Seminar Success: Tips for Creating a Great Event
Seminar Success Starts with the Plan
Planning a seminar is an effective and cost efficient method of presenting your message to a group. Plan to structure a first seminar as an informal review of previously-disclosed information, or as a small-group “workshop.” You can promote the session through social media, or issue written invitations, but you should require pre-enrollment and pre-payment if you plan to charge a fee. Limit the number of attendees, whether you hold the meeting in your office conference room or at a local restaurant or hotel. You are under no obligation to provide a meal, but you must cover your expenses if you pay for space.
Remember, your clients will attend to take advantage of your expertise, to gain knowledge or to develop an action plan. You are selling yourself, so the “packaging” is less important than the content.
Be Clear about Purpose
Building a law practice has certain similarities to building a retail clientele. First you must have a product that is in demand, a focus or a specialty for your practice. Then, you must sell the best that is available. As you discuss business-building strategies, personal examples are enlightening and valuable. Weaving real-life experience into your seminar content is always a good idea.
No one will return a second time to purchase a product or a service unless they are satisfied the first time. Finally, you must provide value in relation to what you charge.The same is true for your seminar.
Define Your Message
If seminar participants can learn the same information by reading a newsletter or a book, or if the subject is overly complicated and will require additional study and follow-up, the seminar format may not be appropriate. Or, you might divide the subject matter into two or more sessions.
The best seminars do the following:
- Tell the “story” briefly
- Reinforce the message visually, with slides or a photographic presentation
- Incorporate multiple “learning strategies,” not just a lecture format
- Provide time for attendees to “practice” what they have learned
- Break out into small group sessions or encourage role-playing in some way
- Recap the message
- Offer strategies for implementation and action
Evaluating the Value
In order to assess the benefit of the seminar to those who attended and, by extension, its value to you, institute a feedback procedure. A simple questionnaire to be completed by participants at the close of the session can be an effective method of measuring perceived value. However, a better way to judge long-term benefit is through a continuing campaign designed not only to offer comments on the seminar but also to keep your name “top of mind” to your clients. You can ask for comments and follow-up information through email or social media, encourage sharing of experiences, solicit testimonials. Offering a discount to participants for future training or additional information is a good way to assess the effectiveness of your seminar.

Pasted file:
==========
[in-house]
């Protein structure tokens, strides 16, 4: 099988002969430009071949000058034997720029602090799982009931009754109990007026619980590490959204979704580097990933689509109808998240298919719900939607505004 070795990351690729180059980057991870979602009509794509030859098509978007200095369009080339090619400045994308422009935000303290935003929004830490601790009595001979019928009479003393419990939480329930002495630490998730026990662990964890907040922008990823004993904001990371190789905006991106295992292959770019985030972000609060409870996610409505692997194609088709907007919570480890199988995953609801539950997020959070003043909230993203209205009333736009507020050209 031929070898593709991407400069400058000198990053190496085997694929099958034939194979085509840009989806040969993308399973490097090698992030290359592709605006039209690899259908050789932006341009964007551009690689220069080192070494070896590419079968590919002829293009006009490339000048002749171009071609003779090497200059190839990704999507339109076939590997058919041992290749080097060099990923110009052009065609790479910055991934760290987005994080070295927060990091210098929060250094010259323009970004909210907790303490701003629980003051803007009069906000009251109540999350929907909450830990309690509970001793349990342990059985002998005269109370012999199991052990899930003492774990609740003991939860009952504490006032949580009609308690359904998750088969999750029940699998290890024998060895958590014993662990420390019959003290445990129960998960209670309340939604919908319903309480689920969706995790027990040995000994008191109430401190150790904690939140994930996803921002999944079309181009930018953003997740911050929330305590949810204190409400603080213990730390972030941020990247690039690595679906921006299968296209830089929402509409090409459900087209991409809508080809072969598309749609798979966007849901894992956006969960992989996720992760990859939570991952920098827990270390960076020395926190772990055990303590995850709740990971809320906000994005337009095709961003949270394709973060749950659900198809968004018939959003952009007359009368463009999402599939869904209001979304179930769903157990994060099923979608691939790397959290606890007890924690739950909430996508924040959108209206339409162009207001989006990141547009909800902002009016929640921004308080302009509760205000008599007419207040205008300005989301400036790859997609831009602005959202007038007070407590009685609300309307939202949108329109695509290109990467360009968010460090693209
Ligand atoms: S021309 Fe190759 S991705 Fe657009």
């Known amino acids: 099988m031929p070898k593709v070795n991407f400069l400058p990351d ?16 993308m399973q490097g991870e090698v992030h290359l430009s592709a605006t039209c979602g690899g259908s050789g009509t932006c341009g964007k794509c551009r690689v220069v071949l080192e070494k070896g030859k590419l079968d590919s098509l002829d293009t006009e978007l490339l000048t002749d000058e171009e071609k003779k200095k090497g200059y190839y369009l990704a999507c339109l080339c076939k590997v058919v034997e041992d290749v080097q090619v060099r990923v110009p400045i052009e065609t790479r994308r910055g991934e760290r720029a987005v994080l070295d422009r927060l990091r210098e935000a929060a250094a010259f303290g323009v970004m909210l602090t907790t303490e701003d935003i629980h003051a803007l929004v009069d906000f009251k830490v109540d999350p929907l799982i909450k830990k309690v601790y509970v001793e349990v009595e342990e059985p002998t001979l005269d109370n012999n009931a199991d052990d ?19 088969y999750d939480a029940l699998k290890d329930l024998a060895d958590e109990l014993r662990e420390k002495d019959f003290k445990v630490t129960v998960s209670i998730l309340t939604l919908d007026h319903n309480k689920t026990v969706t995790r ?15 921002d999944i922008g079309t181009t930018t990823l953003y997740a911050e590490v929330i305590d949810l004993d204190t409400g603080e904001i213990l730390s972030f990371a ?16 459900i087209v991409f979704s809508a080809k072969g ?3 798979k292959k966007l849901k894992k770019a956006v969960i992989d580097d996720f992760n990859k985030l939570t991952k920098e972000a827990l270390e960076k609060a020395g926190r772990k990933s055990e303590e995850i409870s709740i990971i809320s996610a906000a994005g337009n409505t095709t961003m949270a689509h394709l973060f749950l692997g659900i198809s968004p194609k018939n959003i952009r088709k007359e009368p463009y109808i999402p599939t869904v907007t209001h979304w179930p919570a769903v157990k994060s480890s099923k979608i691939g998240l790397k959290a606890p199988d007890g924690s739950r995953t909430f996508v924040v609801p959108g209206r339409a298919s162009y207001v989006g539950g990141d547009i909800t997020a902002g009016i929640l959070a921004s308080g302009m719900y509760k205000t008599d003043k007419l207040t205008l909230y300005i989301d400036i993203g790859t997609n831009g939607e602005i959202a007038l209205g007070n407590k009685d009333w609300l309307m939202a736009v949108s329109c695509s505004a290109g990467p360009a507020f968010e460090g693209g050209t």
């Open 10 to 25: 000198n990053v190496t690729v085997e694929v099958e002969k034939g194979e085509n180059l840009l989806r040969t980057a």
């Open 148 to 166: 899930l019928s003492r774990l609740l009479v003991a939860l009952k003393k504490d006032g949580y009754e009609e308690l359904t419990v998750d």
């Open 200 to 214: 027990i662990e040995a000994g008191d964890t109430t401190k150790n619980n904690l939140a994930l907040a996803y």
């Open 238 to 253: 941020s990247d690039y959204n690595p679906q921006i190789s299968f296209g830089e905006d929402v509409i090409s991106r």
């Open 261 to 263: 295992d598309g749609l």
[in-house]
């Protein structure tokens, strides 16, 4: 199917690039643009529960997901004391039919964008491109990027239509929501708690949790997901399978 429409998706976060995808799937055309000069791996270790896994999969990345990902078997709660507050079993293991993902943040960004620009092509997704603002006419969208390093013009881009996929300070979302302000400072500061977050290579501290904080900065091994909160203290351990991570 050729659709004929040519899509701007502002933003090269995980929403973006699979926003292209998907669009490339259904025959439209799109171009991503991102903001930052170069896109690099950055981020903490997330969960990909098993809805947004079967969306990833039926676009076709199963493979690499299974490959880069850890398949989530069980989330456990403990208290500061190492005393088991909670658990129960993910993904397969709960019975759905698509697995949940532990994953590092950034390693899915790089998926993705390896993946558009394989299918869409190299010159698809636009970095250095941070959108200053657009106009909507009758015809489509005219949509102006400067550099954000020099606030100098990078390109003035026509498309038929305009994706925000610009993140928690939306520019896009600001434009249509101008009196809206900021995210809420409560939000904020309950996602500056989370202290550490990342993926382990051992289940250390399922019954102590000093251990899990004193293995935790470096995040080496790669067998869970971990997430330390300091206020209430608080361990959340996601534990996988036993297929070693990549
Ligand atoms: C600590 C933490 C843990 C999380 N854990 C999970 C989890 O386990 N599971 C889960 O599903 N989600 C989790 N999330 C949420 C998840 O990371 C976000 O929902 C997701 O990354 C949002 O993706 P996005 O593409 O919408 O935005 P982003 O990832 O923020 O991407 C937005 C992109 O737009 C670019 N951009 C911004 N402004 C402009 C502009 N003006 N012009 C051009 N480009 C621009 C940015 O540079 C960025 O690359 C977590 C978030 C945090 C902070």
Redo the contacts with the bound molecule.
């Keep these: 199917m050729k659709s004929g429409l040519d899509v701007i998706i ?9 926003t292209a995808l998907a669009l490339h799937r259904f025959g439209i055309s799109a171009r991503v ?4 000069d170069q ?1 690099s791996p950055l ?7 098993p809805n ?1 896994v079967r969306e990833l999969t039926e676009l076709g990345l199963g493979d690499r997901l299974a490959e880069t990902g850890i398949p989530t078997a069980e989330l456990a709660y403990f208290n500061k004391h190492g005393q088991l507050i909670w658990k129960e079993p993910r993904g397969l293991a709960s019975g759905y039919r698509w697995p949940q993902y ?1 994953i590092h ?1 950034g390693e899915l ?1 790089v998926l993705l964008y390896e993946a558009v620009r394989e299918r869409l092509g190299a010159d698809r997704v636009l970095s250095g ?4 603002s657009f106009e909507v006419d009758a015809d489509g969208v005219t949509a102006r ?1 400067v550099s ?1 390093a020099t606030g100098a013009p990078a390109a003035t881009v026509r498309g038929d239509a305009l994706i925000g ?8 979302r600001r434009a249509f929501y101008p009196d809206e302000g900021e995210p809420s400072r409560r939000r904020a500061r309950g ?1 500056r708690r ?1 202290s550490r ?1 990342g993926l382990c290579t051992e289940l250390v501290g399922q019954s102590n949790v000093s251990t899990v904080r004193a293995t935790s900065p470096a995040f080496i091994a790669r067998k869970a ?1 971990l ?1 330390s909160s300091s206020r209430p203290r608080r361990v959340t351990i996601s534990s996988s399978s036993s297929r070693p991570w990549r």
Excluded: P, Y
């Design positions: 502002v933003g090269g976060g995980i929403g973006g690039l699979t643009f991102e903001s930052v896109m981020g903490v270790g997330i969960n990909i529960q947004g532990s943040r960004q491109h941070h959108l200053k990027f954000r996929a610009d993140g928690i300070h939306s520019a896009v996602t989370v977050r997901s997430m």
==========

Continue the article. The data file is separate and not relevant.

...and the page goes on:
In our digital society, another way to gain continuing feedback is to encourage ongoing exchange through social media outlets.
- Consider starting an online group or “alumni page” for your seminar participants.
- Start a newsletter, or a blog, and encourage two-way exchanges.
- Plan a “reunion” on an informal basis — perhaps an after work social gathering.
Build on Success
If your initial seminar was a great success, chances are you have already thought about the second and the third. Offering monthly workshops is one way to encourage networking, keep your name and your expertise in front of your colleagues and the public, and build your “brand.” As long as you offer pertinent and actionable information, you will find success with the seminar format.
Whether you speak to fellow attorneys, those just beginning a practice, or to clients, know that you offer a unique and valuable service, one that only you are qualified to offer.
Share with us how you plan your events? What success you had? Be sure to stop by my Facebook page and follow some of my recent events I have presented at or have attended at https://www.facebook.com/EnchantingLawyer or https://www.facebook.com/myimmigrationlawyer.